RIPping into a bad Bill
After nearly a year of being nagged by campaigners, the UK media is waking up to the prospect of the RIP Bill - now making its way through Parliament - becoming law. Recent coverage in the Observer newspaper was a good start - now the BBC is joining in.
The story even made it to BBC Radio 4's Today programme today - a sure sign that it has achieved some credibility among journalists.
For some time, campaigners such as FIPR and Stand have fought to get media coverage of the issues, only to find newspapers and broadcasters largely put off by the prospect of having to explain encryption to a non-technical audience.
But understanding is at the center of this debate. (If you need a simple explanation, read John Naughton's three-minute guide.) It could be argued that Members of Parliament have passed the Bill this far because many of them simply don't understand what's at stake. Members of the public - and that includes a lot of media news editors - have not been interested in hearing about why it was a bad idea for the same reason.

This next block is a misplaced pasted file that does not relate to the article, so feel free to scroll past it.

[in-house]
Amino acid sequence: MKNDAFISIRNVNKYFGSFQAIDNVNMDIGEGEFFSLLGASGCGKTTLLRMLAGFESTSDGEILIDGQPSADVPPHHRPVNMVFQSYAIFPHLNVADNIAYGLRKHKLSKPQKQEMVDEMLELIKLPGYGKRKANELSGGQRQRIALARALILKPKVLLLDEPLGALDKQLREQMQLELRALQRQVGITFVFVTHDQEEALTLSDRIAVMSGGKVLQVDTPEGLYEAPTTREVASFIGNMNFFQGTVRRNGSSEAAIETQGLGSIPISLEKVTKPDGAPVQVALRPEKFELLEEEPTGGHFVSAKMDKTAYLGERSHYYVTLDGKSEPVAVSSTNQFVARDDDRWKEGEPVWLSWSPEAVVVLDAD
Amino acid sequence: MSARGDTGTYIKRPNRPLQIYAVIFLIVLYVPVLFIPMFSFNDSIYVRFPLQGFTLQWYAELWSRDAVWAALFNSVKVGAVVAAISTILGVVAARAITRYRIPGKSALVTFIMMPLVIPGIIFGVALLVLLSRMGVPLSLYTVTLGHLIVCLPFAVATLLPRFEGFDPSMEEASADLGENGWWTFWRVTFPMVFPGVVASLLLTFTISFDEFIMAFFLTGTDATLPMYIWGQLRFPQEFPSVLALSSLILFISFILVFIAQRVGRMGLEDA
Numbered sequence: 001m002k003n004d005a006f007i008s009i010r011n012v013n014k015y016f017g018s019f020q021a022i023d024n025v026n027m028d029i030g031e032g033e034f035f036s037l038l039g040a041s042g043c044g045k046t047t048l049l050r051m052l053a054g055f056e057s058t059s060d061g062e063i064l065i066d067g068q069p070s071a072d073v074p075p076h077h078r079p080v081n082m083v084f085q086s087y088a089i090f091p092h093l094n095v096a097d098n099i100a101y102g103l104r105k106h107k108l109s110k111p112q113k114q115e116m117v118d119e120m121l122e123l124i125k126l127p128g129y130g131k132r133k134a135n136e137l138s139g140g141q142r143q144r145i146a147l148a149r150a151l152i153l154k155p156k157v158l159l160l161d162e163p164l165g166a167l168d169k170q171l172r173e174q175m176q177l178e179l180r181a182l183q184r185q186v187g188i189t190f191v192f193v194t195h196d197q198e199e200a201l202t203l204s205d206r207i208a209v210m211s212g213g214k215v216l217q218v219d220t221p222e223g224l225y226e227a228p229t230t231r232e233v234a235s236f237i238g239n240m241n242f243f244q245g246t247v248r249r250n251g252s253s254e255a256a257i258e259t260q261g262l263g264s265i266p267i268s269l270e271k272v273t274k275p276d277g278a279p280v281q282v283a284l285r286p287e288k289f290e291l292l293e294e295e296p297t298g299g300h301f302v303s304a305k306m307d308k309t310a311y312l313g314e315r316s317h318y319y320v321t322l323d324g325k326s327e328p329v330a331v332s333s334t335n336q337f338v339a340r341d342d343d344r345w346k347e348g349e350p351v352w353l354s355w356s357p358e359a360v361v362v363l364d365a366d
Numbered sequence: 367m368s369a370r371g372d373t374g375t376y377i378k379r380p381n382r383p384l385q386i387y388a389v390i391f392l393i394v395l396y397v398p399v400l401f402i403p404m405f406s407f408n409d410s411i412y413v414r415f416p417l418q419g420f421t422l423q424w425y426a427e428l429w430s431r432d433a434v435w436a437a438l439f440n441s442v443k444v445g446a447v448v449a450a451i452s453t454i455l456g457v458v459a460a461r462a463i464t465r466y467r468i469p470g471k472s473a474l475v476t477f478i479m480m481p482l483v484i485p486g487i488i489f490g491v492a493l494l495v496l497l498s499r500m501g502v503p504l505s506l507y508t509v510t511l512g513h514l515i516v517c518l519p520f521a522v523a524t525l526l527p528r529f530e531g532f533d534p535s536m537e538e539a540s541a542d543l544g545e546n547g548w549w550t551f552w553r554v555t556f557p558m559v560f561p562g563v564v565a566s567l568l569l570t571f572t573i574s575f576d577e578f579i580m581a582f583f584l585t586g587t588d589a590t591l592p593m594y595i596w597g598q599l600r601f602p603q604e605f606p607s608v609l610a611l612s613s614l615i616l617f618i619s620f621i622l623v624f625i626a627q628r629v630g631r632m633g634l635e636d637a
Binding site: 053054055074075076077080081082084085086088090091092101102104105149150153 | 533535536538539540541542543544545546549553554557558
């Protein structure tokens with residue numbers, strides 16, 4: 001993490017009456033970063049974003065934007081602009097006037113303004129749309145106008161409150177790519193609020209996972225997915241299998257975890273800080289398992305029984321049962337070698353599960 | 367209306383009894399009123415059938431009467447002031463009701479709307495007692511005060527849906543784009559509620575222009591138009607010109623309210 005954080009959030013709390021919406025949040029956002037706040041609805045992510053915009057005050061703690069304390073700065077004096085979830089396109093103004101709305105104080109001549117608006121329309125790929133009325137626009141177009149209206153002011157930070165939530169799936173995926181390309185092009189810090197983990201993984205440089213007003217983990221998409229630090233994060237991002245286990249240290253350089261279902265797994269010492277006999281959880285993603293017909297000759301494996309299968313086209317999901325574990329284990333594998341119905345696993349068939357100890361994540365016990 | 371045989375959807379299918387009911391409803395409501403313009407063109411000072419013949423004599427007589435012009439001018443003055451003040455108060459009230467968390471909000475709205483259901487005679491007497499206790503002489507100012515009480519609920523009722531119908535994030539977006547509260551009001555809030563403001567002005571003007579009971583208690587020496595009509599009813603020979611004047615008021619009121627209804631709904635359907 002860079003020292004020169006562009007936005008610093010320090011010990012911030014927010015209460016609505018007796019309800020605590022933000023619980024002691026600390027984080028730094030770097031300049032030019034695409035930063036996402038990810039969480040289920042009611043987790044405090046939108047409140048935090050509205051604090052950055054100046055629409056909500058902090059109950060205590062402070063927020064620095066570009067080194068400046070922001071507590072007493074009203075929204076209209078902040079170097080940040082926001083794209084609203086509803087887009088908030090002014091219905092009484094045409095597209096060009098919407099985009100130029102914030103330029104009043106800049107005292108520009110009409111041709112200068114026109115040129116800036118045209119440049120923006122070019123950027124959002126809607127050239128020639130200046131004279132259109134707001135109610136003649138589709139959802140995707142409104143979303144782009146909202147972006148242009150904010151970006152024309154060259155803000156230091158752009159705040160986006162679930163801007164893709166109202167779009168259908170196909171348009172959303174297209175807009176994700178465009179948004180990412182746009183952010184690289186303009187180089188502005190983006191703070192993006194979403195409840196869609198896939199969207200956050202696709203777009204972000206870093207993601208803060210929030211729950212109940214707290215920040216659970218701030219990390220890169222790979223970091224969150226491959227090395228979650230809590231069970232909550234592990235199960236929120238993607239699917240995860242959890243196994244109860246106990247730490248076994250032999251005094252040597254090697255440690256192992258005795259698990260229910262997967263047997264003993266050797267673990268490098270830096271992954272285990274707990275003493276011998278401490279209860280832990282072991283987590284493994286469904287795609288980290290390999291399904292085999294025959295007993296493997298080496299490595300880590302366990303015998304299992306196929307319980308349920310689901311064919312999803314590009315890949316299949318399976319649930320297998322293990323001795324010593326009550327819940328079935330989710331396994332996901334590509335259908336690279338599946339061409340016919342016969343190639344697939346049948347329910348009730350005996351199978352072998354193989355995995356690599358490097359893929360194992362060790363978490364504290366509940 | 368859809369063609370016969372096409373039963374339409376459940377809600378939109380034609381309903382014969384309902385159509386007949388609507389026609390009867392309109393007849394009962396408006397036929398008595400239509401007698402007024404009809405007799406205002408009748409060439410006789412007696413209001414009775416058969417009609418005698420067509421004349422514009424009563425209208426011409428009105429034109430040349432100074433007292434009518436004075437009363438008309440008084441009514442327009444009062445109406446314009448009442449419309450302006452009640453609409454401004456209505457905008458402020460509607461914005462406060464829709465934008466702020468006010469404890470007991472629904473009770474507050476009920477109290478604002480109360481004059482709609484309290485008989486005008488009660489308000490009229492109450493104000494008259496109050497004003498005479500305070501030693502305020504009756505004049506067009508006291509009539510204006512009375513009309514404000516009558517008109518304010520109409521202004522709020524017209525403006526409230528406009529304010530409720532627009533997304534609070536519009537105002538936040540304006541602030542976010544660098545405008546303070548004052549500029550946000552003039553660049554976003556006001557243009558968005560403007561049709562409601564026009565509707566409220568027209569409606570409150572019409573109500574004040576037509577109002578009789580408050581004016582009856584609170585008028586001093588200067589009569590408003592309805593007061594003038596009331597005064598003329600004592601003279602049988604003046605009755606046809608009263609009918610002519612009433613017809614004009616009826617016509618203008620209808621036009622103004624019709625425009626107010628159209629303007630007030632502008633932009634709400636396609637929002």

What's extraordinary about the Bill is that if passed into law, it would make the UK one of the least attractive global markets for e-commerce, indeed for using the net in any way at all.
So why is all this important to WriteTheWeb? Because it's about the freedom we have all enjoyed so far on the internet, the same freedom which has turned it into a medium that is not simply read-only. If the British government is so determined to undermine that freedom, anyone involved in creating content for the net - whether they are based in the UK or not - should have an opinion about it.